In the paper "Arakelov's theorem for abelian varieties" Faltings proves the Shafarevich conjecture for abelian varieties.

The statement is the following:

Let B be smooth projective a curve, S a finite set in B. There exist only finitely many families of principally polarized abelian varieties of dimension $g$ over $B$, with good reduction outside S and satisfying $(*)$

where $(\ast)$ is some technical condition not important in this post.

My concern is about the ground field $K$ on which the abelian varieties of the theorem are defined. It seems that $K$ should be a number field, but in his paper Faltings says that $K$ is any field (but on the other hand at the beginning he fixes the curve $B$ on an algebraically closed field $k$ of char, $0$). I need a clarification about the ground fields because I'm confused.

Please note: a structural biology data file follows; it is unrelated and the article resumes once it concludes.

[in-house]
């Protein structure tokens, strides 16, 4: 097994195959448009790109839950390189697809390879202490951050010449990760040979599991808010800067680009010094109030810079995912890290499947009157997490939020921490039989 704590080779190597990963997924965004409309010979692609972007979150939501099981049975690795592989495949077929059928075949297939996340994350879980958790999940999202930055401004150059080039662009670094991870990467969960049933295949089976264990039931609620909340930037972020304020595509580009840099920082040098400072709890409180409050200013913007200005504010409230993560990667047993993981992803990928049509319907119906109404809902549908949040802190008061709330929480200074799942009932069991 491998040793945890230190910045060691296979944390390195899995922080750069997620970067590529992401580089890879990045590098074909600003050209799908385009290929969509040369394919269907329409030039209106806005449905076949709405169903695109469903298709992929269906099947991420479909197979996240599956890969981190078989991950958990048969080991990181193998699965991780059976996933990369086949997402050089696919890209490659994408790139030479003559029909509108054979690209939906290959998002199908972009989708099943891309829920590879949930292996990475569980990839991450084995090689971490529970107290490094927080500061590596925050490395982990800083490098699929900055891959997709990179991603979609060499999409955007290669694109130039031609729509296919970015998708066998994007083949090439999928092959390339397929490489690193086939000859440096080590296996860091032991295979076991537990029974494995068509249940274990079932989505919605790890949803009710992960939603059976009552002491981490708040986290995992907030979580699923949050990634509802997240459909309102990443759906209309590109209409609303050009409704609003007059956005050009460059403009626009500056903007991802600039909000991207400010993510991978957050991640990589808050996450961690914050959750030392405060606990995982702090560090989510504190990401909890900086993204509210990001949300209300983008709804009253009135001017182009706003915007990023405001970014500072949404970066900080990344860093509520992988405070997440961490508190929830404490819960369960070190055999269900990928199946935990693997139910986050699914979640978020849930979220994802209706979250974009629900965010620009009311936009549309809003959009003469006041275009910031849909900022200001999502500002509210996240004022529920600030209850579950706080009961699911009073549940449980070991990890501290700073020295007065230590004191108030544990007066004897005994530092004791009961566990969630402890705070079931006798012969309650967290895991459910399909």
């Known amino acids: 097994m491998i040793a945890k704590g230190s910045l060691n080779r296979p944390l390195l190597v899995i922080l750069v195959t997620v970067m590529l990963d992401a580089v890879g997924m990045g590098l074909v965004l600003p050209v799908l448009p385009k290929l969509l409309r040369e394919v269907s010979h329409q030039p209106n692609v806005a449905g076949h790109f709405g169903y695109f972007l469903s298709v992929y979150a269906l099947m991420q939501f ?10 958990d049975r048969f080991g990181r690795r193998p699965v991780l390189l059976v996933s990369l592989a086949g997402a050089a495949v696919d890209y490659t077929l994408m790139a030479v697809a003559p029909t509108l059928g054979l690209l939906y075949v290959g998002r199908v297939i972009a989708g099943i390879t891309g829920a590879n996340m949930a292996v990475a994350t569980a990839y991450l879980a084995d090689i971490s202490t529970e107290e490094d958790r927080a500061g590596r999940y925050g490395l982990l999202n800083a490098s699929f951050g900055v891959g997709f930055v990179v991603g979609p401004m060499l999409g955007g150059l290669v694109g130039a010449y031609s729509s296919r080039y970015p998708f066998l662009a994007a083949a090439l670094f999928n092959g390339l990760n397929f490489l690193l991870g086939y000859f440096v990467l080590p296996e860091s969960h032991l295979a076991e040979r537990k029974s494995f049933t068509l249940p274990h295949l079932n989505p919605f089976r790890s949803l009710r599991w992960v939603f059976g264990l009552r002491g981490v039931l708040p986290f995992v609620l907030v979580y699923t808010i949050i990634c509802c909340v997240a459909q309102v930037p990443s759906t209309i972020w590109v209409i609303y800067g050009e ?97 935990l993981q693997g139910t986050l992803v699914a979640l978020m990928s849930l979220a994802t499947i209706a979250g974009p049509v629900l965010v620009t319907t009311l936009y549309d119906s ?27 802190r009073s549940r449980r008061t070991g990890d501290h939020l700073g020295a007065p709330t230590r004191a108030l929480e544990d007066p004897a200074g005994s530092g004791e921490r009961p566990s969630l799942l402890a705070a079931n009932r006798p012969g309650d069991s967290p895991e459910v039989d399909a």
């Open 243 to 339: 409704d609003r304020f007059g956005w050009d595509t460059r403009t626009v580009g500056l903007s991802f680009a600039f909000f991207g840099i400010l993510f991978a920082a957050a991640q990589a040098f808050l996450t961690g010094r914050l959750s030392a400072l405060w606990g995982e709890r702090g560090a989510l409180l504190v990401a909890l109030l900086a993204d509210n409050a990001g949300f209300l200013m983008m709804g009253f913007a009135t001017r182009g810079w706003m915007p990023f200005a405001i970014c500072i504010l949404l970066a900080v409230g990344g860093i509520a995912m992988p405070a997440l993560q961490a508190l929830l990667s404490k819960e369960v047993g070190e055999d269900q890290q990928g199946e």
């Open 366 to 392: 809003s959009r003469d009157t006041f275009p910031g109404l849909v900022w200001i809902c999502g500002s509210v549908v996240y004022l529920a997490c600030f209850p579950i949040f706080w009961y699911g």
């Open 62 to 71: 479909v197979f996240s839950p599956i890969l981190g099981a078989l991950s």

What happens when $K=\mathbb C$? Here there is no notion of good reduction since we don't have discrete valuations. Is still the theorem true? Does in this case "good reduction outside S" mean that the maps $f:A\to B$ attain non-singular values outside $S$, like in the classical one dimensional Shafarevich conjecture?